Reinforcing the Value of the Teaching Profession

Will today’s students be ready and able to meet the challenges of society’s uncertain future as literate, creative, and critical thinkers; as wise, compassionate, and knowledgeable citizens; as workers with the skills and ability to resolve challenges within their professions? The answer to this question lies with teachers and the teaching profession.

Kappa Delta Pi, International Honor Society in Education is partnering with fourteen other leaders of educational organizations to release a joint statement that seeks to reinforce the value and importance of the profession of teaching. With more than 200,000 educators represented, the statement expresses the belief that teachers, as change agents, have the ability to fill our communities with informed, caring, and engaged citizens.

The full statement can be found at http://bit.ly/Teaching2016.

“Education is the most powerful weapon which you can use to change the world,” proclaimed one of the world’s greatest advocates, Nelson Mandela. Today, we are reflecting on these words and choosing to stand together to continue to share this powerful message.

Through the collaboration and partnering of our various organizations, we are positioning ourselves to inform decisions and reinforce the value of the teaching profession as one worthy of respect and equal status among all other professions.

Michael Connet, Senior Director of Programs and Communications for the Association for Career and Technical Education, shares, “ACTE is pleased to be able to signal its support for the joint statement regarding the profession of teaching and the message it delivers.”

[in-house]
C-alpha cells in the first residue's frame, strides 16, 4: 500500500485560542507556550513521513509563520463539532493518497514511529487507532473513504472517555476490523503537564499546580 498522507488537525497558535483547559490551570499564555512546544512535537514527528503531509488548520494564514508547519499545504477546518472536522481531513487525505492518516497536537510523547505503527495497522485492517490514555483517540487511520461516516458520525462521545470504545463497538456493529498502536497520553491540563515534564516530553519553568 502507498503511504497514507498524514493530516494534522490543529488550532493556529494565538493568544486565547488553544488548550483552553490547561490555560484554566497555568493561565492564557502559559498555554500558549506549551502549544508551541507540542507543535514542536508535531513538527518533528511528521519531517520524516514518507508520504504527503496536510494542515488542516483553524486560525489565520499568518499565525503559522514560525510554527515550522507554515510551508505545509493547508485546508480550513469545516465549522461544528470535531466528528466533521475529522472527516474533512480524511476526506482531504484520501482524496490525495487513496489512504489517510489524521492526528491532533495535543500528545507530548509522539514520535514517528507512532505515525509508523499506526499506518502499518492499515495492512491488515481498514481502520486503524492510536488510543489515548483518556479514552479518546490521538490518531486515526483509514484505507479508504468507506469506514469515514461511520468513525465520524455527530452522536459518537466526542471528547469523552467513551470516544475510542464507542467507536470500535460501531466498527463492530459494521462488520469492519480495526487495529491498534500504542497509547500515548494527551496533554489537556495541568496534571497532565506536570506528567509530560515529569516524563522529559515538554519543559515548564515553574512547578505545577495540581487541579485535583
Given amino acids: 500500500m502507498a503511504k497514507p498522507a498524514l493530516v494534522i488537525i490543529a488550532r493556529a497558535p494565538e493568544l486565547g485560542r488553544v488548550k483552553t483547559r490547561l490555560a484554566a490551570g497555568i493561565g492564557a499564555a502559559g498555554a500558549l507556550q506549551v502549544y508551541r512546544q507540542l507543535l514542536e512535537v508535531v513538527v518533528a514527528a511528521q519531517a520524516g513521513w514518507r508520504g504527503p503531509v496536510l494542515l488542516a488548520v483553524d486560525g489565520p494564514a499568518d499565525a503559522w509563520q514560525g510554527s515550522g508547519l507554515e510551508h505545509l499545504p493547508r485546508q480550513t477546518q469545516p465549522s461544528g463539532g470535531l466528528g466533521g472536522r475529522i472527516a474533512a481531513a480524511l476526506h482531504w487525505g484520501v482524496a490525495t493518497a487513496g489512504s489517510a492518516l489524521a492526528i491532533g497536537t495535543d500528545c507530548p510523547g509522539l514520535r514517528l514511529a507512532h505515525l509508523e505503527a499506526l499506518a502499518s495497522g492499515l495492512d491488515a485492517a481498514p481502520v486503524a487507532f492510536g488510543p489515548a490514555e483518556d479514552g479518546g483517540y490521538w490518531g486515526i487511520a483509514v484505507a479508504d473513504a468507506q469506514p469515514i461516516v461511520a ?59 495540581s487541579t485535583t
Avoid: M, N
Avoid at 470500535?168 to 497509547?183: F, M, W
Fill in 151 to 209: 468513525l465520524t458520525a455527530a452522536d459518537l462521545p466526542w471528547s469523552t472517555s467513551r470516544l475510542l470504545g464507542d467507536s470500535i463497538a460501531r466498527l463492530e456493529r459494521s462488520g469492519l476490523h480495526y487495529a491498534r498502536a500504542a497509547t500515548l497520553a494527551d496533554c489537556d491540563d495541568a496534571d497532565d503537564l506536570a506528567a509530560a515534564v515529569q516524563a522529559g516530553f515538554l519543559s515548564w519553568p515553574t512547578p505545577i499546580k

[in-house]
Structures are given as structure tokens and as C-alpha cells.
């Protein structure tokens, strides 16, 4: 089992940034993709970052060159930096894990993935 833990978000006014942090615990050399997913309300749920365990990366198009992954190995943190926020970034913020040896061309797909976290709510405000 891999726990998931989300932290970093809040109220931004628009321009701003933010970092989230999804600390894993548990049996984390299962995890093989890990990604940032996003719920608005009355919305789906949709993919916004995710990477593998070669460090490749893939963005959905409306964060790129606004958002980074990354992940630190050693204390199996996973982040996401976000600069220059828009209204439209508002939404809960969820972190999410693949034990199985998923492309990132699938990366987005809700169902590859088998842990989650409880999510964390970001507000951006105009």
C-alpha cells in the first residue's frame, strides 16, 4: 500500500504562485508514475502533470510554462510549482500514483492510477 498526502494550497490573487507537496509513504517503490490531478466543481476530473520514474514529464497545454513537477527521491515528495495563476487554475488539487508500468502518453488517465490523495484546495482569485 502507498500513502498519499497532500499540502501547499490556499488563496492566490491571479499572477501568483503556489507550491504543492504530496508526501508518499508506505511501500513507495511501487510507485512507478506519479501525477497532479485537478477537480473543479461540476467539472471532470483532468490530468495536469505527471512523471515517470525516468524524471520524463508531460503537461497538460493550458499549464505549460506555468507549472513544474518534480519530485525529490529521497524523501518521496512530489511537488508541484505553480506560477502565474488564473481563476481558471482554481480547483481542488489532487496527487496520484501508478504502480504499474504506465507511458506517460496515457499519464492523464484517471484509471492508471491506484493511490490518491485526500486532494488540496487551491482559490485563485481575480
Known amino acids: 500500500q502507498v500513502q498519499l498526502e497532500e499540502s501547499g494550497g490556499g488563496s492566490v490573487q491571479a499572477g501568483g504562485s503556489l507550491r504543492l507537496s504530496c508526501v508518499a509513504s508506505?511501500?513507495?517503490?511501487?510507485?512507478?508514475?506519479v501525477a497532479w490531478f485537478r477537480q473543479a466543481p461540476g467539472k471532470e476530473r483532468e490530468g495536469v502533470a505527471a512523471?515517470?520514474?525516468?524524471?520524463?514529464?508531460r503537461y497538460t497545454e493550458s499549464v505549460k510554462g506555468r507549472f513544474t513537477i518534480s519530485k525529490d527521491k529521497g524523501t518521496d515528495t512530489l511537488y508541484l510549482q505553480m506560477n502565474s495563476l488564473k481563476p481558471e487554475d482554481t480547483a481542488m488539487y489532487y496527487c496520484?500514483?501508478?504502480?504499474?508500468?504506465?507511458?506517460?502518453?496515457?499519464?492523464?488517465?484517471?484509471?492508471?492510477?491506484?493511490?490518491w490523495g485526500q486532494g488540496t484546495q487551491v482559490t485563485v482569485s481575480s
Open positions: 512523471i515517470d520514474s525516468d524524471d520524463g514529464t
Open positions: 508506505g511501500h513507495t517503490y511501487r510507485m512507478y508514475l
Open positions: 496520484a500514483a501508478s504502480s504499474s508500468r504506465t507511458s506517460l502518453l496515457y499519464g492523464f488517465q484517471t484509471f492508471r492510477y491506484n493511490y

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Nelson Mandela: It is in your hands to make a difference!

Faye Snodgress is executive director of Kappa Delta Pi, International Honor Society in Education.

Nelson MandelaAs the world mourns the loss of Nelson Mandela and reflects on his enduring impact in the struggle for democracy and the promotion of a global culture of peace, it is the values that guided his life that must continue to be embraced by people around the world.

Consistent with the aims of education for sustainable development, Mandela encouraged change that would create a more viable and fairer South African society by focusing on the rights of children and other vulnerable groups, uplifting those in poverty, the protection of human rights, and peace and reconciliation. As educators, we too, are change agents who strive to make the world a better place by promoting equity and inclusion, quality learning, resilience, and critical problem solving.

In considering the devastation caused by the recent tsunami in the Philippines and Hurricane Sandy, the links between globalization, poverty, development and the environment can no longer been ignored. More natural disasters and economic challenges lie ahead. This is where education comes in, raising awareness of our individual responsibilities to make responsible choices and to respect other people, nature, and diversity. By relating content areas to the principles, values, and practices of sustainable development, we can give orientation and meaning to quality education for all.

In the words of Nelson Mandela, “We can change the world and make it a better place. It is in your hands to make a difference.”